Phylogenomics of Adephaga (Coleoptera)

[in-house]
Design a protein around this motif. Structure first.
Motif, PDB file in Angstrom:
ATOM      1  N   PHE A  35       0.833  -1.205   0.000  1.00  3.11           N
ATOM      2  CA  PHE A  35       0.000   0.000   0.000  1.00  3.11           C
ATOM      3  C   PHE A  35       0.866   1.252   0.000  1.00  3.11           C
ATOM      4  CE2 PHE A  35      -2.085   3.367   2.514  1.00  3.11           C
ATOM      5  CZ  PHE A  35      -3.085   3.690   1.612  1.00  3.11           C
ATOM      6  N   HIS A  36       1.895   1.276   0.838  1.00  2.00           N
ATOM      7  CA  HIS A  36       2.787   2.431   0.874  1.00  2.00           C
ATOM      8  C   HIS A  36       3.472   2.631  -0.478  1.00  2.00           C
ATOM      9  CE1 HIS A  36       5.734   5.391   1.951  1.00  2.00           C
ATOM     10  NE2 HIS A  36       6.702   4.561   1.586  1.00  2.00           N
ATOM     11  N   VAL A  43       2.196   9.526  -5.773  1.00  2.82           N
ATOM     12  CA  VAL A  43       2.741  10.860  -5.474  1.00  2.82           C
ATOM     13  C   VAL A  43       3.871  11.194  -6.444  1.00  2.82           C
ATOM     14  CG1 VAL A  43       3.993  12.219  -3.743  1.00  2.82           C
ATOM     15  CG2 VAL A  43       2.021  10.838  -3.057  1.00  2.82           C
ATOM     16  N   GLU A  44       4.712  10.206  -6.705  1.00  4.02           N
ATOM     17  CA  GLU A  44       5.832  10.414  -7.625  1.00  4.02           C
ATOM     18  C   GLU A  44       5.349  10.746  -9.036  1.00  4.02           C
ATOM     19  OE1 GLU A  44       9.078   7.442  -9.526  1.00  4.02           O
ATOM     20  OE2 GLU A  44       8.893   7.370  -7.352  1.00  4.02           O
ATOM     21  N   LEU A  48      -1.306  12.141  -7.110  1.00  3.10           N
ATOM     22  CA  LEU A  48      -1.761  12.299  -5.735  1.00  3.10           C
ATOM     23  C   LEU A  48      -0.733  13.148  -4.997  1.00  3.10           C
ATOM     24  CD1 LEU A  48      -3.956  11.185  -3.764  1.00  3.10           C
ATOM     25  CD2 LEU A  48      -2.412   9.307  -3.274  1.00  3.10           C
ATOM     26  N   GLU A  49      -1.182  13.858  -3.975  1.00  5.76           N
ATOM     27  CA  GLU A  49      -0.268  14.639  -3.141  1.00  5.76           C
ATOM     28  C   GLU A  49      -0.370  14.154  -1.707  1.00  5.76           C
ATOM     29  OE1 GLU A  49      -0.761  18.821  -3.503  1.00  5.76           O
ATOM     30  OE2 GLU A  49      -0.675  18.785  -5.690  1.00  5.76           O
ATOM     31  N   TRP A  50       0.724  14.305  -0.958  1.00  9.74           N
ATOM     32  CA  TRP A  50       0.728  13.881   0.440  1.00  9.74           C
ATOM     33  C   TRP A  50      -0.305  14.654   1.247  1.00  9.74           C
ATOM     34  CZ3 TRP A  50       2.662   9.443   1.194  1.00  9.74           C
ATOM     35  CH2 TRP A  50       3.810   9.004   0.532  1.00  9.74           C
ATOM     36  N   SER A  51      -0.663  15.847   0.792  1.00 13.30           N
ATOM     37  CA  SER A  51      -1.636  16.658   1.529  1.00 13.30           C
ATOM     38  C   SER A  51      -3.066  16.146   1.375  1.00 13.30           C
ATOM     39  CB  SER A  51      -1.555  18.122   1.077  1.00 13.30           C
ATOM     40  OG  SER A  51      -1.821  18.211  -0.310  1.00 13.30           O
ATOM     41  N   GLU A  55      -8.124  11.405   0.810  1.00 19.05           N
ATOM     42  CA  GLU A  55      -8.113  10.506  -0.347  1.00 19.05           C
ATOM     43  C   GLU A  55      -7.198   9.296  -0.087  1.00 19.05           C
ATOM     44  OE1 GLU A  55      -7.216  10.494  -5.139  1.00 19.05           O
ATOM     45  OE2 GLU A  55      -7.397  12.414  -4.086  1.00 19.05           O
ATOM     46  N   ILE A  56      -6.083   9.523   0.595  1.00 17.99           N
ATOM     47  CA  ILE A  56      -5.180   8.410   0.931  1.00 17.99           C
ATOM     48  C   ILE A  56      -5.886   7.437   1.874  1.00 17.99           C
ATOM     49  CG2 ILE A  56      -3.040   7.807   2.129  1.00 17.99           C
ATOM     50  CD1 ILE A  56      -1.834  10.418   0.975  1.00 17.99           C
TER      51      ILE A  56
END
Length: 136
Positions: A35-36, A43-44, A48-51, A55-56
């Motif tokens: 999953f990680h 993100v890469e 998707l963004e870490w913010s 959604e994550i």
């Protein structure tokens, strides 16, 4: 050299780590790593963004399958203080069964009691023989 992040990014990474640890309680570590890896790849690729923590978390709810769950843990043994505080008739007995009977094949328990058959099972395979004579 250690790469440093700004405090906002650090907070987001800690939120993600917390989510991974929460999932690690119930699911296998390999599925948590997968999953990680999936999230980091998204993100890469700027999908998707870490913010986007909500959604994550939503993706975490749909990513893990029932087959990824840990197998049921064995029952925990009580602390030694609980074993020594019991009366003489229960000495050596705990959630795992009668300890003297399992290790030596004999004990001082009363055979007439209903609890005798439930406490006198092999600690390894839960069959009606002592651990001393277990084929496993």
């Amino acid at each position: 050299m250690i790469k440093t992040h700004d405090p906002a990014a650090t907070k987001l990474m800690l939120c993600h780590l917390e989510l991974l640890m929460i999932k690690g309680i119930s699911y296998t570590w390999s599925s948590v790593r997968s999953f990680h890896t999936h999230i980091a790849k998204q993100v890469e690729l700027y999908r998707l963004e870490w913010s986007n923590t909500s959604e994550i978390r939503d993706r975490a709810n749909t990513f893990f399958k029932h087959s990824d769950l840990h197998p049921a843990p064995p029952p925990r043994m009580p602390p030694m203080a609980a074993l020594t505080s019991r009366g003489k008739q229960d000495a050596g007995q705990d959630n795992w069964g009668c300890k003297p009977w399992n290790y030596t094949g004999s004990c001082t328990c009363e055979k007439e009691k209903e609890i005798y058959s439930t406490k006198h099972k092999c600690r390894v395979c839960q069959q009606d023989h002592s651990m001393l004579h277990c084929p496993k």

Adephaga is the second largest suborder of Coleoptera and contains aquatic and terrestrial groups that are sometimes classified as Hydradephaga and Geadephaga, respectively. The phylogenetic relationships of Adephaga have been studied intensively, but the relationships of the major subgroups of Geadephaga and the placement of Hygrobiidae within Dytiscoidea remain obscure. Here, we infer new DNA-hybridization baits for exon-capture phylogenomics and we combine new hybrid-capture sequence data with transcriptomes to generate the largest phylogenomic taxon sampling within Adephaga presented to date. Our analyses show that the new baits are suitable to capture the target loci across different lineages of Adephaga. Phylogenetic analyses of moderately trimmed supermatrices confirm the hypothesis of paraphyletic ‘Hydradephaga’, with Gyrinidae placed as sister to all other families as in morphology-based phylogenies, even though quartet-concordance analyses did not support this result. All analyses conducted with site-heterogeneous models suggest Trachypachidae as sister to a clade Carabidae + Cicindelidae in congruence with results from morphological studies. Haliplidae is inferred as sister to Dytiscoidea, while a clade of Noteridae (+ most likely Meruidae) is inferred as sister to all remaining Dytiscoidea. A strongly supported clade Hygrobiidae + (Amphizoidae + monophyletic Aspidytidae) is inferred in most analyses of moderately trimmed supermatrices when a site-heterogeneous model is used. In general, we find that stringent trimming of supermatrices results in reduced deviation from model assumptions but also in reduction of phylogenetic information. We also find that site-heterogeneous C60 models provide greater stability of phylogenetic relationships of Adephaga across analyses of different amino-acid supermatrices than site-homogeneous models. Thus, site-heterogeneous C60 models can potentially reduce incongruence in phylogenomics. Lastly, we show that gene-tree errors are prominent in the data, even after sub-sampling genes to reduce these errors, but we also show that subsampling genes based on the likelihood mapping criterion in summary coalescent analyses results in higher topological congruence with the concatenation-based tree. Overall, our analyses demonstrate that moderate alignment trimming strategies, application of site-heterogeneous models and mitigation of gene-tree errors should be routinely included in the phylogenomic pipeline in order to more accurately infer the phylogeny of species.